Hi there, I have recently had an application for a credit card refused. I have never previously been refused any application for credit. I have only ever missed one payment on any loan or credit card. This was because my bank did not process a telephone banking payment. The bank admitted the error and paid me compensation. I have just received a letter from Orange demanding a payment for a broadband account which was closed in June. My bank have confirmed that Orange cancelled the Direct Debit agreement on 04/06/08. I had been advised by Orange that I did not need to contact the bank as they would do whatever was neccessary. Any payment now overdue is a result of an administrative error by Orange. I believe that my application for the credit card has been refused because Orange are showing that I am in default on whatever Credit Reference Agencies they use, because of their error. Am I entitled to seek compensation from Orange for the effect their error has had on my current application and for any problems this may cause me in the future?
The first thing that you need to do in this situation is to obtain a copy of your credit report to determine if the Orange account is even appearing on your credit report, and if it is, what information it is reporting. Since you are a customer of Orange, I assume that you live somewhere in the EU; though I am not very familiar with the credit reporting systems outside of the United States, my understanding is that they are somewhat similar to those in the States. For example, Experian, one of the largest credit bureaus in the United States (often called “credit reference agencies” outside the US), also operates in many European countries, including the UK (www.Experian.co.uk), Germany, and France. What information can be provided to the credit agencies, and what information they are required to provide to consumers, is regulated by various laws in each country, so it is important that you research your countryÂ’s laws regarding credit reporting and disputing inaccurate credit information. For general information about credit, credit reports, and credit scoring, you can visit the credit section on Bills.com.
After obtaining a copy of your credit report, if you determine that Orange is reporting erroneous information about your former account, you should contact Orange to try to have the information corrected. You may find that you do actually owe Orange some money for past services; the fact that Orange did not debit your bank account as you had instructed them does not mean that they are not entitled to payment for their services. I certainly understand your frustration with the fact that Orange did not follow up on its assurance that it would take the necessary steps to secure payment from your bank; however, you will likely still need to pay any past-due balance if you wish to resolve this situation and have the negative credit listing removed from your credit profile. I would recommend that you speak with Orange and offer to pay the amount owed if they will remove the delinquent credit listing from your credit report. Hopefully, in light of its apparent failure to properly close the account, Orange will be willing to work with you to resolve this situation in an amicable manner.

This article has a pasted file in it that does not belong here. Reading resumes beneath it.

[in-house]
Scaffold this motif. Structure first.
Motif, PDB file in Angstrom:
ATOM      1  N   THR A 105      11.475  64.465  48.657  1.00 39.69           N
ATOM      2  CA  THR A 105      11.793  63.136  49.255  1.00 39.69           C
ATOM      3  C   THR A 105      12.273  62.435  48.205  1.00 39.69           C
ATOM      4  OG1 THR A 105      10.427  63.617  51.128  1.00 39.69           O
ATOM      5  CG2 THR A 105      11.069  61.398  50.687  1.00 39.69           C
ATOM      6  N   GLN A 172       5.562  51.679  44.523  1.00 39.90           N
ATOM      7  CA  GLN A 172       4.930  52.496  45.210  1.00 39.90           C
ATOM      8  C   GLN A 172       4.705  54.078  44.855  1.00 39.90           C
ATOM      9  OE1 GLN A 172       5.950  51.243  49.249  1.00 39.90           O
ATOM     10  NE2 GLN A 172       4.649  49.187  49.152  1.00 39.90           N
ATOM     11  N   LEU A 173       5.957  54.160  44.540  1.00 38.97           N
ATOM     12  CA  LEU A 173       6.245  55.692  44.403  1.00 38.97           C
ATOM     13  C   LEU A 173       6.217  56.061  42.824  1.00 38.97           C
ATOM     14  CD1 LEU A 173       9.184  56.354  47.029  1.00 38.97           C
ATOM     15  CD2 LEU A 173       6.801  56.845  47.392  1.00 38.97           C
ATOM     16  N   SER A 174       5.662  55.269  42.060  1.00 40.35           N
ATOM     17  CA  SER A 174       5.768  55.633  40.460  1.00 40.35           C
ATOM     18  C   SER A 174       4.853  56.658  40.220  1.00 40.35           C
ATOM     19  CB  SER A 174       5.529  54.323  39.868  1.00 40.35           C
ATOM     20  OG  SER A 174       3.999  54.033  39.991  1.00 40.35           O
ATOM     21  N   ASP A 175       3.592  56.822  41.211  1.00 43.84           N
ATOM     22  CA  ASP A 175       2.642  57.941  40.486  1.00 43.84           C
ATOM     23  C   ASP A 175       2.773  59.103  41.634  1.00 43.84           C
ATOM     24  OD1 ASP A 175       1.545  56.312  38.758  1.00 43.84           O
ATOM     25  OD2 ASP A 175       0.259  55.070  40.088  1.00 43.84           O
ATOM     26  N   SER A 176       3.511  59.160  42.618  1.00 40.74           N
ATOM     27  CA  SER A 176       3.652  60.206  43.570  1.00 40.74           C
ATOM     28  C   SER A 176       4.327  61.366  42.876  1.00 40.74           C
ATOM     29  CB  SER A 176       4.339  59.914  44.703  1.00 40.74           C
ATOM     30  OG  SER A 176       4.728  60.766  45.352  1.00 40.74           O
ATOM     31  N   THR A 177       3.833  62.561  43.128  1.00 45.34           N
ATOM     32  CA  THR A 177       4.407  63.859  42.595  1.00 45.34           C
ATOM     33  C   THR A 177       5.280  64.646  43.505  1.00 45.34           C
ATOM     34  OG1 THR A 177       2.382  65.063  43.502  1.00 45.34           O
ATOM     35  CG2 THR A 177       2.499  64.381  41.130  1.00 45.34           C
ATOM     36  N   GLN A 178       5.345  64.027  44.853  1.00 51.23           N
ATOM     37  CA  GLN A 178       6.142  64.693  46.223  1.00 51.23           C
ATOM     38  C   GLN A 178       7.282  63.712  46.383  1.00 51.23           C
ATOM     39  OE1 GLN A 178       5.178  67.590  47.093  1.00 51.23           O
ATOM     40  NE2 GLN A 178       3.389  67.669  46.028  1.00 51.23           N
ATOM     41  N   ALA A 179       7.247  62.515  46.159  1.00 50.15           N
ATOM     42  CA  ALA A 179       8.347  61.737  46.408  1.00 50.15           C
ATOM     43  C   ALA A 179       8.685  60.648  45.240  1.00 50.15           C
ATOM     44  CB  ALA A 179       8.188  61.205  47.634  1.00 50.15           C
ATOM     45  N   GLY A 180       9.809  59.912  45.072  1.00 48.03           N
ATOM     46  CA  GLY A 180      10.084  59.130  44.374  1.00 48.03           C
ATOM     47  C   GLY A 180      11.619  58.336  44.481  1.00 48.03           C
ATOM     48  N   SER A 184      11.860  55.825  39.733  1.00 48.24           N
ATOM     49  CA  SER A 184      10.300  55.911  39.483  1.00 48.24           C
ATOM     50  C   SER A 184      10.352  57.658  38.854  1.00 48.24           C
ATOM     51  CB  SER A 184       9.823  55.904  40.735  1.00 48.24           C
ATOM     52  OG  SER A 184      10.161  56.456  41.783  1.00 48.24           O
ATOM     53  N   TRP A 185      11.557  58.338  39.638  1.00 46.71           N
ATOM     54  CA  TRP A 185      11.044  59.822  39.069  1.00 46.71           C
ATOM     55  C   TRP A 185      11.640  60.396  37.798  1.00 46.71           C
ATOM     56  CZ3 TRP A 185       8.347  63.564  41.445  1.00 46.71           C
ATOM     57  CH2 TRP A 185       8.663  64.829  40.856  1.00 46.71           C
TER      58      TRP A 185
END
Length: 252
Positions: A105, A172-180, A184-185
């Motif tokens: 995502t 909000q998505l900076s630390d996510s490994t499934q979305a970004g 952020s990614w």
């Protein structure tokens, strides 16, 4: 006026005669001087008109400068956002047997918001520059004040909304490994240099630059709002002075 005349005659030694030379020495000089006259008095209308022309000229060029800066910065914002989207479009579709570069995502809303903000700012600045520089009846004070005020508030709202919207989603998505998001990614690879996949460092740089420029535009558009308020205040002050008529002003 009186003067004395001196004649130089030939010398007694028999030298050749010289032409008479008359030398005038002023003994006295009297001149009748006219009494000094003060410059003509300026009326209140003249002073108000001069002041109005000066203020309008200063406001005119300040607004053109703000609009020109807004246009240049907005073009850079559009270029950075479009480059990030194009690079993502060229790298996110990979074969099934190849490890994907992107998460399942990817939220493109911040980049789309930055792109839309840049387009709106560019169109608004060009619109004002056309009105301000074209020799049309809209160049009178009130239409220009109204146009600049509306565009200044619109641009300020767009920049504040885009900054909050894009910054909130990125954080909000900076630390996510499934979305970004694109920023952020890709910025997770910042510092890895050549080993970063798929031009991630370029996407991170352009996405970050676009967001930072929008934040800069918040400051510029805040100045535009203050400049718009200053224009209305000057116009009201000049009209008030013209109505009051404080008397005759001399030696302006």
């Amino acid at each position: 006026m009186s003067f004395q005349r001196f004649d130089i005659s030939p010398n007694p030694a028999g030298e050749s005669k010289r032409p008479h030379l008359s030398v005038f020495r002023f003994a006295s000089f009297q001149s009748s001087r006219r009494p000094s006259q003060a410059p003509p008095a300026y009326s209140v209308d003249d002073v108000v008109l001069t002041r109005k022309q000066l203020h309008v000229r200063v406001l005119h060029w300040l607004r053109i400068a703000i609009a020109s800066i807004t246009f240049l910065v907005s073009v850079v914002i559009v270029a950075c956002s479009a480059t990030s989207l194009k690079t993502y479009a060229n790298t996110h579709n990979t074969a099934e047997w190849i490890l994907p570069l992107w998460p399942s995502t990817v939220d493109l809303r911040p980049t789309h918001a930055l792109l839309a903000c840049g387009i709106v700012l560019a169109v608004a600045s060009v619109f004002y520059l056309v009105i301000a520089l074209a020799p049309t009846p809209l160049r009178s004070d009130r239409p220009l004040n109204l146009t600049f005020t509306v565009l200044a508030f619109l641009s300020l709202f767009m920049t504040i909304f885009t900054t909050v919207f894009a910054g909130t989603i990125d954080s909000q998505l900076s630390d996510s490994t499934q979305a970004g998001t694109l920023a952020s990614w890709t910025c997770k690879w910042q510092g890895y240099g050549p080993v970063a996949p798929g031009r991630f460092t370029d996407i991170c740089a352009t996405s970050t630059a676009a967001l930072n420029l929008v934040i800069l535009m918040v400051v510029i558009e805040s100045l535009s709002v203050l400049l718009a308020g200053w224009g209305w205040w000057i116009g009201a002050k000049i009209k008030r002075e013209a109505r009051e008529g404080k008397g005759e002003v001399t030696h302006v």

Even if Orange is not willing to help you by removing this listing from your credit reports, you will likely still want to pay the past due amount to prevent the account from continuing to show as a delinquent item on your credit profile. Each month that this account goes unpaid, it is likely causing more damage to your credit score. Once you have resolved the past due balance with the Orange, you should be able to dispute the listing with any credit bureau that is reporting the account as delinquent. I would encourage you to obtain a copy of your credit report from each of the major credit reference agencies in your country to determine to which agencies Orange has reported this derogatory information. The credit agencies should be able to tell you how to dispute items on your credit reports. The U.S. Federal Trade Commission offers a guide to disputing credit report errors, which is available at www.ftc.gov; while I know that the same procedures may not apply in your country of residence, this website should offer some general guidance in how erroneous credit information can be challenged.
As for pursuing Orange for compensation for the fact that its reporting erroneous information led to your being denied credit, you will likely be facing a rather steep uphill battle. Credit scoring is very complicated calculation, and it may be difficult to prove that the information reported by Orange is what lowered your credit score. Also, there are innumerable reasons that you could have been denied credit, not just the fact that your credit score may have dropped slightly; for example, the lender could have denied you because you do not make enough money, or you do not have sufficient assets, or you have too much debt already, and so on. I know that you think that the reason that you were denied credit was due to the information reported by Orange, and you are probably correct; however, proving it may be very difficult, if not impossible. Finally, in order to receive compensation, you must generally be able to prove that you suffered damages because of the tortfeasorÂ’s actions; it may be difficult to prove any actual damages based on the denial of your application for a new credit card. However, I am not licensed to practice law in your jurisdiction, so I strongly advise to consult with a qualified solicitor in your area if you are considering filing a lawsuit against Orange for their actions in this case.
I wish you the best of luck in resolving this situation, and hope that the information I have provided helps you Find. Learn. Save.